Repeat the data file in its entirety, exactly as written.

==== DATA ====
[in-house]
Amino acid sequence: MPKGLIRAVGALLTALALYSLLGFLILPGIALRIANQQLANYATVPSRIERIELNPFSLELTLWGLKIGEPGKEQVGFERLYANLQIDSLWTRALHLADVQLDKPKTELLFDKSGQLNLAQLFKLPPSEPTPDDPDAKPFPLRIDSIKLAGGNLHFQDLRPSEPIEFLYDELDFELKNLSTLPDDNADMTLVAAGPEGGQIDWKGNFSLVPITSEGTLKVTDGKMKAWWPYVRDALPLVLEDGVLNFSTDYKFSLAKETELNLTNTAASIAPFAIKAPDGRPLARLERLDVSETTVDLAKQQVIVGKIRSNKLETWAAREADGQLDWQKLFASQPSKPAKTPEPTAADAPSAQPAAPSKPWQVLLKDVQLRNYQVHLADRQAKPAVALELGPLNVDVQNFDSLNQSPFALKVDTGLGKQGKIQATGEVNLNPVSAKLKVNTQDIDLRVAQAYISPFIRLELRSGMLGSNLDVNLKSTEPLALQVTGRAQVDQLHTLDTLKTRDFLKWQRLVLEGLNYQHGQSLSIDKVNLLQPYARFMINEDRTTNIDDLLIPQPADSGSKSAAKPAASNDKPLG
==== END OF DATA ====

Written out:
[in-house]
Amino acid sequence: MPKGLIRAVGALLTALALYSLLGFLILPGIALRIANQQLANYATVPSRIERIELNPFSLELTLWGLKIGEPGKEQVGFERLYANLQIDSLWTRALHLADVQLDKPKTELLFDKSGQLNLAQLFKLPPSEPTPDDPDAKPFPLRIDSIKLAGGNLHFQDLRPSEPIEFLYDELDFELKNLSTLPDDNADMTLVAAGPEGGQIDWKGNFSLVPITSEGTLKVTDGKMKAWWPYVRDALPLVLEDGVLNFSTDYKFSLAKETELNLTNTAASIAPFAIKAPDGRPLARLERLDVSETTVDLAKQQVIVGKIRSNKLETWAAREADGQLDWQKLFASQPSKPAKTPEPTAADAPSAQPAAPSKPWQVLLKDVQLRNYQVHLADRQAKPAVALELGPLNVDVQNFDSLNQSPFALKVDTGLGKQGKIQATGEVNLNPVSAKLKVNTQDIDLRVAQAYISPFIRLELRSGMLGSNLDVNLKSTEPLALQVTGRAQVDQLHTLDTLKTRDFLKWQRLVLEGLNYQHGQSLSIDKVNLLQPYARFMINEDRTTNIDDLLIPQPADSGSKSAAKPAASNDKPLG